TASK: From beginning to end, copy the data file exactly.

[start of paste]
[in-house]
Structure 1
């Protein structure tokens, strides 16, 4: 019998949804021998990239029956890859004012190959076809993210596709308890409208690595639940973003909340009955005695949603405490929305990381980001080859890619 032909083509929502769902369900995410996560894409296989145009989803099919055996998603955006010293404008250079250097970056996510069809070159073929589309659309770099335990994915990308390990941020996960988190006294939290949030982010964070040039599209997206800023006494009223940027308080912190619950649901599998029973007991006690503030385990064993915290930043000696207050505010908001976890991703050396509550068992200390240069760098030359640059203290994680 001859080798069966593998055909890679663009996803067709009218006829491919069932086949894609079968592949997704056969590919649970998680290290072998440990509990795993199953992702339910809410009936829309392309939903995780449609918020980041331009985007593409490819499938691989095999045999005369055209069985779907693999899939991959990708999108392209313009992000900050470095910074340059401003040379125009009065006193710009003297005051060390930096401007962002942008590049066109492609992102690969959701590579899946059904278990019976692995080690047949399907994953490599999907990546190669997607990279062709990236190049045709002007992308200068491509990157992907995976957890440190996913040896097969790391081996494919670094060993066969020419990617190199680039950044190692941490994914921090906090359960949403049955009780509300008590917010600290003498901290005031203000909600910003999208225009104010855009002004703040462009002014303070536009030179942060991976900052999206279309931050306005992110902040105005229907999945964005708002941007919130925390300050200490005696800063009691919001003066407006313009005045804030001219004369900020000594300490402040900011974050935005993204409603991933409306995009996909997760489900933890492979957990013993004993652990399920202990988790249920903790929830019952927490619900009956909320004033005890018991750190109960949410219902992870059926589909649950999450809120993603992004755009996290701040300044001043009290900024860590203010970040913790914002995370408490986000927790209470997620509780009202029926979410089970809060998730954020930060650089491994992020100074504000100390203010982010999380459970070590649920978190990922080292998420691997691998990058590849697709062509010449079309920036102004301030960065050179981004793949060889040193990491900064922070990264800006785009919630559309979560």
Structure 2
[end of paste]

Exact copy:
[in-house]
Structure 1
């Protein structure tokens, strides 16, 4: 019998949804021998990239029956890859004012190959076809993210596709308890409208690595639940973003909340009955005695949603405490929305990381980001080859890619 032909083509929502769902369900995410996560894409296989145009989803099919055996998603955006010293404008250079250097970056996510069809070159073929589309659309770099335990994915990308390990941020996960988190006294939290949030982010964070040039599209997206800023006494009223940027308080912190619950649901599998029973007991006690503030385990064993915290930043000696207050505010908001976890991703050396509550068992200390240069760098030359640059203290994680 001859080798069966593998055909890679663009996803067709009218006829491919069932086949894609079968592949997704056969590919649970998680290290072998440990509990795993199953992702339910809410009936829309392309939903995780449609918020980041331009985007593409490819499938691989095999045999005369055209069985779907693999899939991959990708999108392209313009992000900050470095910074340059401003040379125009009065006193710009003297005051060390930096401007962002942008590049066109492609992102690969959701590579899946059904278990019976692995080690047949399907994953490599999907990546190669997607990279062709990236190049045709002007992308200068491509990157992907995976957890440190996913040896097969790391081996494919670094060993066969020419990617190199680039950044190692941490994914921090906090359960949403049955009780509300008590917010600290003498901290005031203000909600910003999208225009104010855009002004703040462009002014303070536009030179942060991976900052999206279309931050306005992110902040105005229907999945964005708002941007919130925390300050200490005696800063009691919001003066407006313009005045804030001219004369900020000594300490402040900011974050935005993204409603991933409306995009996909997760489900933890492979957990013993004993652990399920202990988790249920903790929830019952927490619900009956909320004033005890018991750190109960949410219902992870059926589909649950999450809120993603992004755009996290701040300044001043009290900024860590203010970040913790914002995370408490986000927790209470997620509780009202029926979410089970809060998730954020930060650089491994992020100074504000100390203010982010999380459970070590649920978190990922080292998420691997691998990058590849697709062509010449079309920036102004301030960065050179981004793949060889040193990491900064922070990264800006785009919630559309979560």
Structure 2